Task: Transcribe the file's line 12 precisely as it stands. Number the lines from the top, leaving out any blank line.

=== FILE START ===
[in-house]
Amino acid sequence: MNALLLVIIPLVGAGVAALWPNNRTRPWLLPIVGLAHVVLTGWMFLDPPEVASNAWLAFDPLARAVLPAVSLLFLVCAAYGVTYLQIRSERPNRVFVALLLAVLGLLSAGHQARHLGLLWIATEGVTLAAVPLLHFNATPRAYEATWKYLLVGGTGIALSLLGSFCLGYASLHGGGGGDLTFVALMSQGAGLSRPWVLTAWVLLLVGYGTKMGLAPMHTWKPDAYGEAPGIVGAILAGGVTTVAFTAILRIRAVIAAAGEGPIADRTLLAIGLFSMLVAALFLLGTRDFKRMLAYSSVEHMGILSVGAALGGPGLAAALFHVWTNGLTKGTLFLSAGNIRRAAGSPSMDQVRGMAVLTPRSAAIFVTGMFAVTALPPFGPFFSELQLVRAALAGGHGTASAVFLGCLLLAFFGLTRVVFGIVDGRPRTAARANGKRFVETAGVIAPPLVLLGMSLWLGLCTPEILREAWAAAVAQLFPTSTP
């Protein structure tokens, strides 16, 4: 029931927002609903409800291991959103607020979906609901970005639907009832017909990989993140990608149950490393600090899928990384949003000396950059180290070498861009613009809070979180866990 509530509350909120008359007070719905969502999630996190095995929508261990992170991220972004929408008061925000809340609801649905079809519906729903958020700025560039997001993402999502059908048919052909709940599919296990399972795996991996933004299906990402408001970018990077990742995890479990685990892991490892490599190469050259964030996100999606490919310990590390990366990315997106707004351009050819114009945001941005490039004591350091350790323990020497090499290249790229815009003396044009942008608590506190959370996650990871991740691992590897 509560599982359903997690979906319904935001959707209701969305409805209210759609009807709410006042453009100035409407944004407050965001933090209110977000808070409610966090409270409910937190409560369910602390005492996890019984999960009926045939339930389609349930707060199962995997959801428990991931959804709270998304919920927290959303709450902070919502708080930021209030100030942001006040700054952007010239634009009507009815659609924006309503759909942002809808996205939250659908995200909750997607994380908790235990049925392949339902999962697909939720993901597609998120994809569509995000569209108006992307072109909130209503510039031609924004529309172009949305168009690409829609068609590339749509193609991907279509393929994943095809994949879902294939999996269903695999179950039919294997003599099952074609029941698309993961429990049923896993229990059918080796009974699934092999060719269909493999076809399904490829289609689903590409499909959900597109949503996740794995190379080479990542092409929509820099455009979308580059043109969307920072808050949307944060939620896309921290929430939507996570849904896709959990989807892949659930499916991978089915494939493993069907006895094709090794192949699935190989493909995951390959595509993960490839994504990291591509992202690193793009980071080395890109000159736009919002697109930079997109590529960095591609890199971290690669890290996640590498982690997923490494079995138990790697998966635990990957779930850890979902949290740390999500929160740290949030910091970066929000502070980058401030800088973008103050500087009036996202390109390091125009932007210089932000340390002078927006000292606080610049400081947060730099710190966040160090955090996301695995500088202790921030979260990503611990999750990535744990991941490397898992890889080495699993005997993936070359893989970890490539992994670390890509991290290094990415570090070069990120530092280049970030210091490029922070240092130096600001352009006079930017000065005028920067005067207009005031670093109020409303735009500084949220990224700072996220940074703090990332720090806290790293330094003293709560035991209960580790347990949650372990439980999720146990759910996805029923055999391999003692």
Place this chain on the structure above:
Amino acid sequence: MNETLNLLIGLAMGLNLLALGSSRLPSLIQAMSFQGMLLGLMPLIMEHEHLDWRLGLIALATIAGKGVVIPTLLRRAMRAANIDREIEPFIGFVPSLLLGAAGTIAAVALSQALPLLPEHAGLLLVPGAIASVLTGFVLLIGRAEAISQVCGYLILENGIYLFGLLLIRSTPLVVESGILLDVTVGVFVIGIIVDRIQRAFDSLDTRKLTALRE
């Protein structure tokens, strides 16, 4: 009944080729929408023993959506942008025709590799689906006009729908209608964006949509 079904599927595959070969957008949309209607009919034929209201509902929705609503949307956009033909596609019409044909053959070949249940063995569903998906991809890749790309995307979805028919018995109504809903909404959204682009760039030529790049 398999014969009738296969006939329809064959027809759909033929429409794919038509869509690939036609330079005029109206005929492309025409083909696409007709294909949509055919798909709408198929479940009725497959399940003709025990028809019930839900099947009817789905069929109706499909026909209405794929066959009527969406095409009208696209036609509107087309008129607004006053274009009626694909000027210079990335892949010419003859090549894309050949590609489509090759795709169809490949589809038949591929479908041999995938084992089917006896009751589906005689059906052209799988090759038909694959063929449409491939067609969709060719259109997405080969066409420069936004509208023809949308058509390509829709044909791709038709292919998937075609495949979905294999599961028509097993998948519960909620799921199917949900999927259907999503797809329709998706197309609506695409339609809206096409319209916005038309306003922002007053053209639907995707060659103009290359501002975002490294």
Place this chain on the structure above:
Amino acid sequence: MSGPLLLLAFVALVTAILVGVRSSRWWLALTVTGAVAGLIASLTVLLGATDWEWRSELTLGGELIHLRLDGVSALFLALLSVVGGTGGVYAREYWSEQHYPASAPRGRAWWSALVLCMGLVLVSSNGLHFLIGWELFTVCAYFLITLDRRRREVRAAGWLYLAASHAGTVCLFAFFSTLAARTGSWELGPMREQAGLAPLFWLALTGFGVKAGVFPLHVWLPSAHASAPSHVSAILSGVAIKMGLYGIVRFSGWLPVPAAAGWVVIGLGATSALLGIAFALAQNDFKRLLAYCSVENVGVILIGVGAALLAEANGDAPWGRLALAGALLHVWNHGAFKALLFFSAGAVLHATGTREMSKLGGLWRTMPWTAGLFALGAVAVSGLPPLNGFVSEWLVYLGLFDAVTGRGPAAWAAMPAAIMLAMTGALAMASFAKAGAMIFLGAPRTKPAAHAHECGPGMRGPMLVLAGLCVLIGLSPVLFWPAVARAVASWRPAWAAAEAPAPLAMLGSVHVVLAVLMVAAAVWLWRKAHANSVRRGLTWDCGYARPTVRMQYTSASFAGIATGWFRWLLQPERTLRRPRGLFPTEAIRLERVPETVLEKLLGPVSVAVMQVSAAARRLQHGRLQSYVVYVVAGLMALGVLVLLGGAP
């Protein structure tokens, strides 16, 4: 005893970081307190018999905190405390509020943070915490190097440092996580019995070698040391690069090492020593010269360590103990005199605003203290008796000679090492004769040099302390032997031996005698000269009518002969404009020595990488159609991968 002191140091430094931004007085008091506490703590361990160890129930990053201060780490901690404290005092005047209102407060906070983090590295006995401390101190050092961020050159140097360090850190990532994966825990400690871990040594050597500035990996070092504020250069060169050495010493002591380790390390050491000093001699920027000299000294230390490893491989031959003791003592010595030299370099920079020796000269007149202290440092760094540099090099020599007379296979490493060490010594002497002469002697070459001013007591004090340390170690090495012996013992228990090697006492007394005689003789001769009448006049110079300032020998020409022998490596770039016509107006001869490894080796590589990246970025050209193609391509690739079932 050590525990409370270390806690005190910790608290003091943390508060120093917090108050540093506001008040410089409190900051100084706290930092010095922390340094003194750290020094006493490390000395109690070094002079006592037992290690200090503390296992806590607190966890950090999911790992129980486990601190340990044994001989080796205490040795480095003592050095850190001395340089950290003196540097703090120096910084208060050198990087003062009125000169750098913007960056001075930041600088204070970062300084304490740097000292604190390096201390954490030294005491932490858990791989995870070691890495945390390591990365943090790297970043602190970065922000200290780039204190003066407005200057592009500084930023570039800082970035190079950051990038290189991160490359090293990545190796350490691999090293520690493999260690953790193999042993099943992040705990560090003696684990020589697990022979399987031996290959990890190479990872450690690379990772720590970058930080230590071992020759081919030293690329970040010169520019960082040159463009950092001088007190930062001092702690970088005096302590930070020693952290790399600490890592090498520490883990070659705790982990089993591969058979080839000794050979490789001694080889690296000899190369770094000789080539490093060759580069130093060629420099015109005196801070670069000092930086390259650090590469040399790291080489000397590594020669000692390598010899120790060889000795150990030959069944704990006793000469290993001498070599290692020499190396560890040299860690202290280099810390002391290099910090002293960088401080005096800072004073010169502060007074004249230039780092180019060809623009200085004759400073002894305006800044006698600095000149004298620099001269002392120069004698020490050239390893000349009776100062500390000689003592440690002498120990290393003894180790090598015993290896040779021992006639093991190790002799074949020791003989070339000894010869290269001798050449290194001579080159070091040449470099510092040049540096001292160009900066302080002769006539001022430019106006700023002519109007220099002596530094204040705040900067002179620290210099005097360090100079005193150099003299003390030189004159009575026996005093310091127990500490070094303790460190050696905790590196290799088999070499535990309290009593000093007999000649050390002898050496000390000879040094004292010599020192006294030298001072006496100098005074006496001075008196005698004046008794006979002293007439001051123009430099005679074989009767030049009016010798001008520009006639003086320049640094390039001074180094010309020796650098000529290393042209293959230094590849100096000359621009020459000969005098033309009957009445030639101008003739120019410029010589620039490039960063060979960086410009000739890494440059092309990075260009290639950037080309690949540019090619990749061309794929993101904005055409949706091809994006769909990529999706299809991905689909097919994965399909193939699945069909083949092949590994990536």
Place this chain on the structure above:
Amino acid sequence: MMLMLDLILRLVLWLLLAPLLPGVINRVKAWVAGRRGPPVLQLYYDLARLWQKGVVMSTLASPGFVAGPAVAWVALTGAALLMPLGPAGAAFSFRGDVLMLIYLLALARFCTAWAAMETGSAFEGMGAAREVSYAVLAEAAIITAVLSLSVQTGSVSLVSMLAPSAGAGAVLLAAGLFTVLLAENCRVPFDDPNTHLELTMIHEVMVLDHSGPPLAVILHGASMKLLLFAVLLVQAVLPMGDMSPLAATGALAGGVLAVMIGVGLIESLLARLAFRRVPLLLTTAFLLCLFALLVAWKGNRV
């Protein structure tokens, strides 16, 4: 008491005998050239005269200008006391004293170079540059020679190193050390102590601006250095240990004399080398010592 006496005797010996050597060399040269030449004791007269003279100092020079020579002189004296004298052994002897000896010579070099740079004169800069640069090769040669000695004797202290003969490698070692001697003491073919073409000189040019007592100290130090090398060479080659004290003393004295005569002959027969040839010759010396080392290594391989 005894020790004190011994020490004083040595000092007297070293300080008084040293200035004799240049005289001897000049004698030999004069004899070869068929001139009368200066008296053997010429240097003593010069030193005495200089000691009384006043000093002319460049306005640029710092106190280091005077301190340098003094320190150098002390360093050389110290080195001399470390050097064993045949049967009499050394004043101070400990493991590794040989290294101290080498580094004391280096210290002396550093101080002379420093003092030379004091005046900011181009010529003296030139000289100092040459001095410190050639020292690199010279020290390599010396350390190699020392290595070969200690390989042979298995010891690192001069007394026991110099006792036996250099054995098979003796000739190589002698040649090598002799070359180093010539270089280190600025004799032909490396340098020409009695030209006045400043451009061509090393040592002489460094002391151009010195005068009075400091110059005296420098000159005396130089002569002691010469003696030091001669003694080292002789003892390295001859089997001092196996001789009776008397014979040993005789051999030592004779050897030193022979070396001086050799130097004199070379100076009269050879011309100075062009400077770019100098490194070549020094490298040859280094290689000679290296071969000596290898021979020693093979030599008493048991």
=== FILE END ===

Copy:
């Protein structure tokens, strides 16, 4: 008491005998050239005269200008006391004293170079540059020679190193050390102590601006250095240990004399080398010592 006496005797010996050597060399040269030449004791007269003279100092020079020579002189004296004298052994002897000896010579070099740079004169800069640069090769040669000695004797202290003969490698070692001697003491073919073409000189040019007592100290130090090398060479080659004290003393004295005569002959027969040839010759010396080392290594391989 005894020790004190011994020490004083040595000092007297070293300080008084040293200035004799240049005289001897000049004698030999004069004899070869068929001139009368200066008296053997010429240097003593010069030193005495200089000691009384006043000093002319460049306005640029710092106190280091005077301190340098003094320190150098002390360093050389110290080195001399470390050097064993045949049967009499050394004043101070400990493991590794040989290294101290080498580094004391280096210290002396550093101080002379420093003092030379004091005046900011181009010529003296030139000289100092040459001095410190050639020292690199010279020290390599010396350390190699020392290595070969200690390989042979298995010891690192001069007394026991110099006792036996250099054995098979003796000739190589002698040649090598002799070359180093010539270089280190600025004799032909490396340098020409009695030209006045400043451009061509090393040592002489460094002391151009010195005068009075400091110059005296420098000159005396130089002569002691010469003696030091001669003694080292002789003892390295001859089997001092196996001789009776008397014979040993005789051999030592004779050897030193022979070396001086050799130097004199070379100076009269050879011309100075062009400077770019100098490194070549020094490298040859280094290689000679290296071969000596290898021979020693093979030599008493048991």